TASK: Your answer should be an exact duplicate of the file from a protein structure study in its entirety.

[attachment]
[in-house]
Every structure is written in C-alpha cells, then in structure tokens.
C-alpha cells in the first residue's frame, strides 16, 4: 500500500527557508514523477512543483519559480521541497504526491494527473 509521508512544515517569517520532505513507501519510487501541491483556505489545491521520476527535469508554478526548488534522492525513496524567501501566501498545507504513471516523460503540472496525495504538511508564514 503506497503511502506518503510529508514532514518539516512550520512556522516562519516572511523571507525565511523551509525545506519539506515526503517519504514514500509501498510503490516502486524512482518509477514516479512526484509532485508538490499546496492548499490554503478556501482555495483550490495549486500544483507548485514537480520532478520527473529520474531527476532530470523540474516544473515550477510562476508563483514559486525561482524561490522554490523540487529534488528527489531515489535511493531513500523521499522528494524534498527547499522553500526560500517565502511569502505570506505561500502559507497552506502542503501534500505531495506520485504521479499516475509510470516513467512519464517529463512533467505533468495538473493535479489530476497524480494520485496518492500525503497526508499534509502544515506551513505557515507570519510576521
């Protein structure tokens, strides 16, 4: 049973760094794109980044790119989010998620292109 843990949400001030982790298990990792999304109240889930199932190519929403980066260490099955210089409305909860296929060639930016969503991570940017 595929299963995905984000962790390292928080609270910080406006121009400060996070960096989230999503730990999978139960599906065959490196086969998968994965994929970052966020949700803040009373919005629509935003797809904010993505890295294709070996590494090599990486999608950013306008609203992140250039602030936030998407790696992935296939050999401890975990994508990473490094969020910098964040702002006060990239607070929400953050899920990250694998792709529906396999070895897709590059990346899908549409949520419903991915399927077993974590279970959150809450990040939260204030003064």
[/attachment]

[in-house]
Every structure is written in C-alpha cells, then in structure tokens.
C-alpha cells in the first residue's frame, strides 16, 4: 500500500527557508514523477512543483519559480521541497504526491494527473 509521508512544515517569517520532505513507501519510487501541491483556505489545491521520476527535469508554478526548488534522492525513496524567501501566501498545507504513471516523460503540472496525495504538511508564514 503506497503511502506518503510529508514532514518539516512550520512556522516562519516572511523571507525565511523551509525545506519539506515526503517519504514514500509501498510503490516502486524512482518509477514516479512526484509532485508538490499546496492548499490554503478556501482555495483550490495549486500544483507548485514537480520532478520527473529520474531527476532530470523540474516544473515550477510562476508563483514559486525561482524561490522554490523540487529534488528527489531515489535511493531513500523521499522528494524534498527547499522553500526560500517565502511569502505570506505561500502559507497552506502542503501534500505531495506520485504521479499516475509510470516513467512519464517529463512533467505533468495538473493535479489530476497524480494520485496518492500525503497526508499534509502544515506551513505557515507570519510576521
């Protein structure tokens, strides 16, 4: 049973760094794109980044790119989010998620292109 843990949400001030982790298990990792999304109240889930199932190519929403980066260490099955210089409305909860296929060639930016969503991570940017 595929299963995905984000962790390292928080609270910080406006121009400060996070960096989230999503730990999978139960599906065959490196086969998968994965994929970052966020949700803040009373919005629509935003797809904010993505890295294709070996590494090599990486999608950013306008609203992140250039602030936030998407790696992935296939050999401890975990994508990473490094969020910098964040702002006060990239607070929400953050899920990250694998792709529906396999070895897709590059990346899908549409949520419903991915399927077993974590279970959150809450990040939260204030003064």